Communication is essential in any industry, and especially so in environments with greater potential for harm. The worst injury I am likely to incur in the course of performing my job is probably a paper cut. But many of you deal with equipment that can be dangerous if proper care is not taken, and this needs to be communicated effectively to your employees.
How many of you speak a language besides your native tongue? I studied French for eight years; in fact, it was one of my minors in college. I took classes conducted entirely in French, read French novels, and wrote 10-page papers in French.
Yet I’m not sure I can claim to be bilingual. Since I live in northern Vermont, I encounter French Canadians from time to time, and I admit I have trouble answering simple questions like “Where is the funeral home?” Once, in high school, I went to Sherbrooke, Que., with some friends to go shopping. A friendly store clerk approached, and I informed her – in French – that we didn’t speak French. Not one of my shining moments of cleverness.
I know I didn’t practice speaking enough while I was taking classes, and now I don’t have much occasion to use my imperfect knowledge of a second language. I can muddle through giving someone directions. But when you have employees whose first language is not English, you can’t get away with that. If I can’t get my point across, the worst that happens is someone has to drive around aimlessly for a while (and possibly cursing me). If you can’t get your point across about all the different facets of the job, the consequences can be far more serious.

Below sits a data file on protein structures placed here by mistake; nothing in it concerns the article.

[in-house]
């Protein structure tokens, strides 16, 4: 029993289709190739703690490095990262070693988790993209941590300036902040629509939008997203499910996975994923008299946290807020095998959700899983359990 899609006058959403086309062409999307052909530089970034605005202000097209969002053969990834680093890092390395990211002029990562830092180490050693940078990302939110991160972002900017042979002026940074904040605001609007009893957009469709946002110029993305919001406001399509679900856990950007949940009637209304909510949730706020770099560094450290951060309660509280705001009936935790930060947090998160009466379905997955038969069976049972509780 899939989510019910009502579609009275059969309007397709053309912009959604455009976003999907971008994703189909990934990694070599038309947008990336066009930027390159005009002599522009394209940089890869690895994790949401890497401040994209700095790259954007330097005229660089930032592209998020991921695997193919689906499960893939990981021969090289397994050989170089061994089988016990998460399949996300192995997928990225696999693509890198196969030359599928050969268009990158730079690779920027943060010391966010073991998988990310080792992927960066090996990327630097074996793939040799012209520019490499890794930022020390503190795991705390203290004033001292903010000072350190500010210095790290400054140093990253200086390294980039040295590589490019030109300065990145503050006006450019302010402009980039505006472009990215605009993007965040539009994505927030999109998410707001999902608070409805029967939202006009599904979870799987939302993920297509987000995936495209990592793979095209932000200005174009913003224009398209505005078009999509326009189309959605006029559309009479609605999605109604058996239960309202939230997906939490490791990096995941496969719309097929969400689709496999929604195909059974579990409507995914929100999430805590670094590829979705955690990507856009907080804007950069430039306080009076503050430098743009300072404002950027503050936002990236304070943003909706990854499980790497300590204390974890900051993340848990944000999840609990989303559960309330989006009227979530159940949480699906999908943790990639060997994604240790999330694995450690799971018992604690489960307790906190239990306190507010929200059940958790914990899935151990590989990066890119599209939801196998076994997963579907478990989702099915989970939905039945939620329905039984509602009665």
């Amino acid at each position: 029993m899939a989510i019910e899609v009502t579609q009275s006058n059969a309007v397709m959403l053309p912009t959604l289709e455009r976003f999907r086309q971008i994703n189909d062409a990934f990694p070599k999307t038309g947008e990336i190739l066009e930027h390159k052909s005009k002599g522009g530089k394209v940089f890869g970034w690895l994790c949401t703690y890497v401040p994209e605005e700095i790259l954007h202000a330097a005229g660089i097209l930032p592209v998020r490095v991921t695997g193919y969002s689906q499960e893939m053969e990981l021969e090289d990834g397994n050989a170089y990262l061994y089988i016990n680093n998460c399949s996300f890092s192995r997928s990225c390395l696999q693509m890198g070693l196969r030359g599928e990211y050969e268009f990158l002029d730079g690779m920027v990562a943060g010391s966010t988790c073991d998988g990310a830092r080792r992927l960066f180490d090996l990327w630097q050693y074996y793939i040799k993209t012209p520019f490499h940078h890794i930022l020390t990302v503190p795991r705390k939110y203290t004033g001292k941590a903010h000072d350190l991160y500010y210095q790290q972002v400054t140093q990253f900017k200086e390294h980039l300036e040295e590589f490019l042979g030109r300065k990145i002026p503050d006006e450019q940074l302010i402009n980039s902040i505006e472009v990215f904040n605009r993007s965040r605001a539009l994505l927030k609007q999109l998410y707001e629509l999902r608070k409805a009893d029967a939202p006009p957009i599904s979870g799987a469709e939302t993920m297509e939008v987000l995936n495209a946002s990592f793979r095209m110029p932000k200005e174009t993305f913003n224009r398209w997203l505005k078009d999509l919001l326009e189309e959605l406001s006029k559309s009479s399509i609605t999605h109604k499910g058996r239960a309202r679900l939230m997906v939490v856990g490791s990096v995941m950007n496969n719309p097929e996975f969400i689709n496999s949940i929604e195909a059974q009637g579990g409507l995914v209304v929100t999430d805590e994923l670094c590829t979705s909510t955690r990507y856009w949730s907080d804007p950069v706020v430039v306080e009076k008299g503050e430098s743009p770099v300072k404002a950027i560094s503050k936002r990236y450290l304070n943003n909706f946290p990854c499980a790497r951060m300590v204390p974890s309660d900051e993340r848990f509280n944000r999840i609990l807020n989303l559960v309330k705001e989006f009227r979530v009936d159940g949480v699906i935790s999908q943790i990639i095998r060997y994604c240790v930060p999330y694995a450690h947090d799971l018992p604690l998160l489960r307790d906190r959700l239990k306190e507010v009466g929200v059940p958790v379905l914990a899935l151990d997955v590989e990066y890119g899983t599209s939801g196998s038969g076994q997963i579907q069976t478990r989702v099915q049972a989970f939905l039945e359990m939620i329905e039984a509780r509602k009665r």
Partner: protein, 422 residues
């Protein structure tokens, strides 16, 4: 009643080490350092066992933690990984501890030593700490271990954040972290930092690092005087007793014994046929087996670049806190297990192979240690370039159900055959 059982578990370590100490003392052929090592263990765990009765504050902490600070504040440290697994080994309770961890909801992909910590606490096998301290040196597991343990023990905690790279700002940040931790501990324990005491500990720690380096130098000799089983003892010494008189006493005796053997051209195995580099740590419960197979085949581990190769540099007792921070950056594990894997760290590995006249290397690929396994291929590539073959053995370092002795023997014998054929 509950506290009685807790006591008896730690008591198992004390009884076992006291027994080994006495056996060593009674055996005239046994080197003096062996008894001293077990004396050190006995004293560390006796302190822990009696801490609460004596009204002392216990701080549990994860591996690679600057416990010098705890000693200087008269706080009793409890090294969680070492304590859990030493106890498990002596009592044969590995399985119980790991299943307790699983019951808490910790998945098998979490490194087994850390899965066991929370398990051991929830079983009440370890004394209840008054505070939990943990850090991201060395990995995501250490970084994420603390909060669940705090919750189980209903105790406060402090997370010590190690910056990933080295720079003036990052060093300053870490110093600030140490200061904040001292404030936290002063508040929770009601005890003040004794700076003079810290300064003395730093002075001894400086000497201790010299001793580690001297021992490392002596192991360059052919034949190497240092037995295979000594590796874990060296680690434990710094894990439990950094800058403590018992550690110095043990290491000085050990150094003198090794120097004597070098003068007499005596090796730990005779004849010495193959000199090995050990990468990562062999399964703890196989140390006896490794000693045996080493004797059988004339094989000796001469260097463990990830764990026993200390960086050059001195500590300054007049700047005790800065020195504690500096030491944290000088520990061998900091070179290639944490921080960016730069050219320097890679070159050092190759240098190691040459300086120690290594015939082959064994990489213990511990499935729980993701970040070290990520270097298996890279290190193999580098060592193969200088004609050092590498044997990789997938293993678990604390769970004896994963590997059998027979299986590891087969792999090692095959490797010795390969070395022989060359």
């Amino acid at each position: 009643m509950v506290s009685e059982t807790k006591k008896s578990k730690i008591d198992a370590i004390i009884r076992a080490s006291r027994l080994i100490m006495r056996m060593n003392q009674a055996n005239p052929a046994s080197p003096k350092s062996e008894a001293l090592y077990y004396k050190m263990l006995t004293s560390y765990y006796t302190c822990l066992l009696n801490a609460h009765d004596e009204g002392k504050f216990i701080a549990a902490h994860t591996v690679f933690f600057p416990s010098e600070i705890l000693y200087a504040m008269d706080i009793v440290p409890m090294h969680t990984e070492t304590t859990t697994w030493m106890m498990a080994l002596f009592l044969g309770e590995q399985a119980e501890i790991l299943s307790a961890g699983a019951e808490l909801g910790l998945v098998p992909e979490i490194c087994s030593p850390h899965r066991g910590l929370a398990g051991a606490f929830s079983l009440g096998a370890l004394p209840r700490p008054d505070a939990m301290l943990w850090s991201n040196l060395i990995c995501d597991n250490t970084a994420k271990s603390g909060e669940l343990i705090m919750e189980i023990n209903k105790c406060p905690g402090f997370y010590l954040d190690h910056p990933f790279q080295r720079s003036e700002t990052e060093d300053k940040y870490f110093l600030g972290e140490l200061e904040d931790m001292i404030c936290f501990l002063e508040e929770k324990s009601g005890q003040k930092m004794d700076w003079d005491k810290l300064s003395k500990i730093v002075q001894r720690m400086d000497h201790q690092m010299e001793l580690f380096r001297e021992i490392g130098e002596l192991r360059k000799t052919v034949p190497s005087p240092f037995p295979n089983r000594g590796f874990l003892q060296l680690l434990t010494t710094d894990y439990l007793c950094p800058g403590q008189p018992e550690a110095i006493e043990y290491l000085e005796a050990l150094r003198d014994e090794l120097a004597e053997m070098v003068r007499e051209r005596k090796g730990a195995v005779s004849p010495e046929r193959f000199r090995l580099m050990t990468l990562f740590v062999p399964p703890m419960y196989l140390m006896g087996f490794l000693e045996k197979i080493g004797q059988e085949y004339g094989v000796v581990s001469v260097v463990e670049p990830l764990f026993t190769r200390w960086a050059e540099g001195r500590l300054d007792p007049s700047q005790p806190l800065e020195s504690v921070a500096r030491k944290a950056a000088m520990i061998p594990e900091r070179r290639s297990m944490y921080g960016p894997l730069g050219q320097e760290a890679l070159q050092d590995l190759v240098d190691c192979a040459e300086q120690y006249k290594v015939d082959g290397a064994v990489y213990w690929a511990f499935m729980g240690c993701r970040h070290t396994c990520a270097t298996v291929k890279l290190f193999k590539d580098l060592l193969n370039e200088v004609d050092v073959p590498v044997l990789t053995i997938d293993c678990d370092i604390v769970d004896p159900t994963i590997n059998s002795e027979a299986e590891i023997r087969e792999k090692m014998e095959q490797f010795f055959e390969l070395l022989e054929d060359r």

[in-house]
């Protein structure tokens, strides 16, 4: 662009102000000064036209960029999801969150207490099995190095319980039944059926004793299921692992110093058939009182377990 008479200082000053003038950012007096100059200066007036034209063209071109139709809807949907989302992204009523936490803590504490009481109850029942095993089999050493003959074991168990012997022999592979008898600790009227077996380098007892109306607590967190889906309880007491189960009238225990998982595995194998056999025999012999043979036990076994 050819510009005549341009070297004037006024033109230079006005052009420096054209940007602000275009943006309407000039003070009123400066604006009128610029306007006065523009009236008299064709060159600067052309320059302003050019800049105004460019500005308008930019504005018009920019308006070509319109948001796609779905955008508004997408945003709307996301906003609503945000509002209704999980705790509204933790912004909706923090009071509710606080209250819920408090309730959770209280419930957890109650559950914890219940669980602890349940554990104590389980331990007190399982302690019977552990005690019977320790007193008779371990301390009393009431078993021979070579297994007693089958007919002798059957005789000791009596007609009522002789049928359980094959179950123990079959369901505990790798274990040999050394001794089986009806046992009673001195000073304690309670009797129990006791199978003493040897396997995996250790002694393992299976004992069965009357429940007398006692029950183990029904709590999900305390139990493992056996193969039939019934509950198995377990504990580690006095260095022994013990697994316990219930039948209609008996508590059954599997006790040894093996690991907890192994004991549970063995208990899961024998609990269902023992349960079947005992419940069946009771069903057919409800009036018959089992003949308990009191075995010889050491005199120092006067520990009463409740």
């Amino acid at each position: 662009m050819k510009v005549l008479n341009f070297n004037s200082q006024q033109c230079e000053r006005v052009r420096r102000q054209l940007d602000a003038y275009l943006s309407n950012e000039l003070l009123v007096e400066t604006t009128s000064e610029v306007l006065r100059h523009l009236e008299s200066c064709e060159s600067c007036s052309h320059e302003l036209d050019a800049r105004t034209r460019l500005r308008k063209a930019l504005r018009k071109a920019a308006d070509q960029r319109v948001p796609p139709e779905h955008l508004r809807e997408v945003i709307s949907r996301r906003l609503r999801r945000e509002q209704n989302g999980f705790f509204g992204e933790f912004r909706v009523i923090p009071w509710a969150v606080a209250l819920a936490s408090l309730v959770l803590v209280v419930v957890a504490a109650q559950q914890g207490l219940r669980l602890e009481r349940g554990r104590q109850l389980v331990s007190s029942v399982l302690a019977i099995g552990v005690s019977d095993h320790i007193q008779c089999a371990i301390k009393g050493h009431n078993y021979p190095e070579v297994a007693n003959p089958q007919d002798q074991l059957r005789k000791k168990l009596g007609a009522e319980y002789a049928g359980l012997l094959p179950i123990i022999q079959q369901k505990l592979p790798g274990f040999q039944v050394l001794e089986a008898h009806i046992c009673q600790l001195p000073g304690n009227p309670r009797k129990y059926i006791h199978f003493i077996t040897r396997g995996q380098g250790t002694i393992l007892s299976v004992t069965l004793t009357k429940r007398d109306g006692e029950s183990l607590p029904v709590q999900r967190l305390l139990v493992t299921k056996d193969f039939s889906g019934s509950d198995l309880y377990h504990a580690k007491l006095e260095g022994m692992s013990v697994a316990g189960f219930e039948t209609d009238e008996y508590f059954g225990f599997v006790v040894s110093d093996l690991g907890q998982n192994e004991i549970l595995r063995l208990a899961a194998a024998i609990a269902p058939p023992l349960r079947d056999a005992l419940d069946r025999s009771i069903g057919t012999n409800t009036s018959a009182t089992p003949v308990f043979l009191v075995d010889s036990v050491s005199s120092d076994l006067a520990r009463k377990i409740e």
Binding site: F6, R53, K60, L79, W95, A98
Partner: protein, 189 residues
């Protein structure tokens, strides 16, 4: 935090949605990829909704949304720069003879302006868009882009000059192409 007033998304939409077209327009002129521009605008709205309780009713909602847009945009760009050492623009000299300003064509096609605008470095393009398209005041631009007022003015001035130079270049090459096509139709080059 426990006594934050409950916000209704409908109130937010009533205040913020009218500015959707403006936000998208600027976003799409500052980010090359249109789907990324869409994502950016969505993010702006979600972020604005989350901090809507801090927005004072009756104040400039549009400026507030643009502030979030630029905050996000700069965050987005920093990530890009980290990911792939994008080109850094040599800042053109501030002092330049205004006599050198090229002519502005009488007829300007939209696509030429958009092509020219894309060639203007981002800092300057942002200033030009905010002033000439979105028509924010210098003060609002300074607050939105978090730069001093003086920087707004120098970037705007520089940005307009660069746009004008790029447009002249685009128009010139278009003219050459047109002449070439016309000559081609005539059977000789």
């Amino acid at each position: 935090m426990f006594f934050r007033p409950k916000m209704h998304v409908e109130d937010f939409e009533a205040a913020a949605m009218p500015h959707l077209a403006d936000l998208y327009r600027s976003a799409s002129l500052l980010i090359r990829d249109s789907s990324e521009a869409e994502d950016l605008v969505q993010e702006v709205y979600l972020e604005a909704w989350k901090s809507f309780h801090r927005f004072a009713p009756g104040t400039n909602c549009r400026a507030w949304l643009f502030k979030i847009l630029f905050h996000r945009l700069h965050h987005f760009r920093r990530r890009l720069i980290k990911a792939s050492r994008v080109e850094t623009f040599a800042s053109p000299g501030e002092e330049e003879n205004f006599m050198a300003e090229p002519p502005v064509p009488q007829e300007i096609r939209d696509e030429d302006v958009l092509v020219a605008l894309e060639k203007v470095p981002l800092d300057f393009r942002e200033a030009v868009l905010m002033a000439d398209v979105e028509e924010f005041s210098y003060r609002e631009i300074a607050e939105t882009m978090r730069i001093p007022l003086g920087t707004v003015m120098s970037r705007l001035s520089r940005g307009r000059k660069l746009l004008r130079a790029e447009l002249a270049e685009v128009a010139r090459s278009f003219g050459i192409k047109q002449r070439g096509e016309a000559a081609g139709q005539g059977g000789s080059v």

Everybody needs to be on the same page when it comes to safety and important job-related information. If you have Spanish-speaking employees, chances are that your hazy memories of high school Spanish are not going to cut it. And you may think you’re communicating clearly, because your employees might not want to tell you they don’t understand and risk making themselves look bad.
You should always make sure you’re communicating successfully, no matter whom you’re talking to – then you can avoid misunderstandings and confusion. But when two people who are not fluent in the same language are trying to communicate, it’s especially important to take steps to overcome the language barrier. Health, well-being and even lives may depend upon it. Turn to page 6 to learn more about ways you can improve communication. Healthy, happy employees who really understand their jobs will help improve your bottom line. And I think everybody’s interested in improving that, n’est-ce pas?